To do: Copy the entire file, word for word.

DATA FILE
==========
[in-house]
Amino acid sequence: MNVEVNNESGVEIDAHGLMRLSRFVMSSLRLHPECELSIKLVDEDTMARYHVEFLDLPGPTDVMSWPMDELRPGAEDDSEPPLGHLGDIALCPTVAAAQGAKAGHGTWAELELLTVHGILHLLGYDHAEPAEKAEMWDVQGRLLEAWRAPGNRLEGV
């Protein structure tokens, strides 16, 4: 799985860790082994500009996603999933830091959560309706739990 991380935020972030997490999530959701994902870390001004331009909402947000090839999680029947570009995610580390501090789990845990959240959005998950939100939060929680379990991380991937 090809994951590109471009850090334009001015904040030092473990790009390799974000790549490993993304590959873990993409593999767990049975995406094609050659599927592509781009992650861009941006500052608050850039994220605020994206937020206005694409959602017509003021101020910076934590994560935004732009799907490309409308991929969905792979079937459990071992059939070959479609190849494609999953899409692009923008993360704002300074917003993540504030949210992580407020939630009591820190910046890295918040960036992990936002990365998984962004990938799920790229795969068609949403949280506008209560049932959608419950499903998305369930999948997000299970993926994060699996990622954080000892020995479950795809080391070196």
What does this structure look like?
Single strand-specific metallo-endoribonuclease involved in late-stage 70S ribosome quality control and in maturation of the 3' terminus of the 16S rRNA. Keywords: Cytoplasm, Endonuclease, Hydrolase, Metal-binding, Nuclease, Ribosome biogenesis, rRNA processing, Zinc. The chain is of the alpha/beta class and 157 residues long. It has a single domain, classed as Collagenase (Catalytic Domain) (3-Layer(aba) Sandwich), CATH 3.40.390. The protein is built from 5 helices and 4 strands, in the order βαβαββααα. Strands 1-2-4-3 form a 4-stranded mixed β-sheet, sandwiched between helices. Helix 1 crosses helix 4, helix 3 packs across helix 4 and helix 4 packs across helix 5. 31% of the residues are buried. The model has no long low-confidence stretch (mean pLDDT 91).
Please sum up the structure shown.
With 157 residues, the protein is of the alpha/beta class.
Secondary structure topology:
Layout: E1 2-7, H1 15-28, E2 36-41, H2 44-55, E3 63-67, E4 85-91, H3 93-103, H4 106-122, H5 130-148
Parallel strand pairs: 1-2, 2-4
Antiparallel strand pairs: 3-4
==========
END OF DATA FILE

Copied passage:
[in-house]
Amino acid sequence: MNVEVNNESGVEIDAHGLMRLSRFVMSSLRLHPECELSIKLVDEDTMARYHVEFLDLPGPTDVMSWPMDELRPGAEDDSEPPLGHLGDIALCPTVAAAQGAKAGHGTWAELELLTVHGILHLLGYDHAEPAEKAEMWDVQGRLLEAWRAPGNRLEGV
């Protein structure tokens, strides 16, 4: 799985860790082994500009996603999933830091959560309706739990 991380935020972030997490999530959701994902870390001004331009909402947000090839999680029947570009995610580390501090789990845990959240959005998950939100939060929680379990991380991937 090809994951590109471009850090334009001015904040030092473990790009390799974000790549490993993304590959873990993409593999767990049975995406094609050659599927592509781009992650861009941006500052608050850039994220605020994206937020206005694409959602017509003021101020910076934590994560935004732009799907490309409308991929969905792979079937459990071992059939070959479609190849494609999953899409692009923008993360704002300074917003993540504030949210992580407020939630009591820190910046890295918040960036992990936002990365998984962004990938799920790229795969068609949403949280506008209560049932959608419950499903998305369930999948997000299970993926994060699996990622954080000892020995479950795809080391070196």
What does this structure look like?
Single strand-specific metallo-endoribonuclease involved in late-stage 70S ribosome quality control and in maturation of the 3' terminus of the 16S rRNA. Keywords: Cytoplasm, Endonuclease, Hydrolase, Metal-binding, Nuclease, Ribosome biogenesis, rRNA processing, Zinc. The chain is of the alpha/beta class and 157 residues long. It has a single domain, classed as Collagenase (Catalytic Domain) (3-Layer(aba) Sandwich), CATH 3.40.390. The protein is built from 5 helices and 4 strands, in the order βαβαββααα. Strands 1-2-4-3 form a 4-stranded mixed β-sheet, sandwiched between helices. Helix 1 crosses helix 4, helix 3 packs across helix 4 and helix 4 packs across helix 5. 31% of the residues are buried. The model has no long low-confidence stretch (mean pLDDT 91).
Please sum up the structure shown.
With 157 residues, the protein is of the alpha/beta class.
Secondary structure topology:
Layout: E1 2-7, H1 15-28, E2 36-41, H2 44-55, E3 63-67, E4 85-91, H3 93-103, H4 106-122, H5 130-148
Parallel strand pairs: 1-2, 2-4
Antiparallel strand pairs: 3-4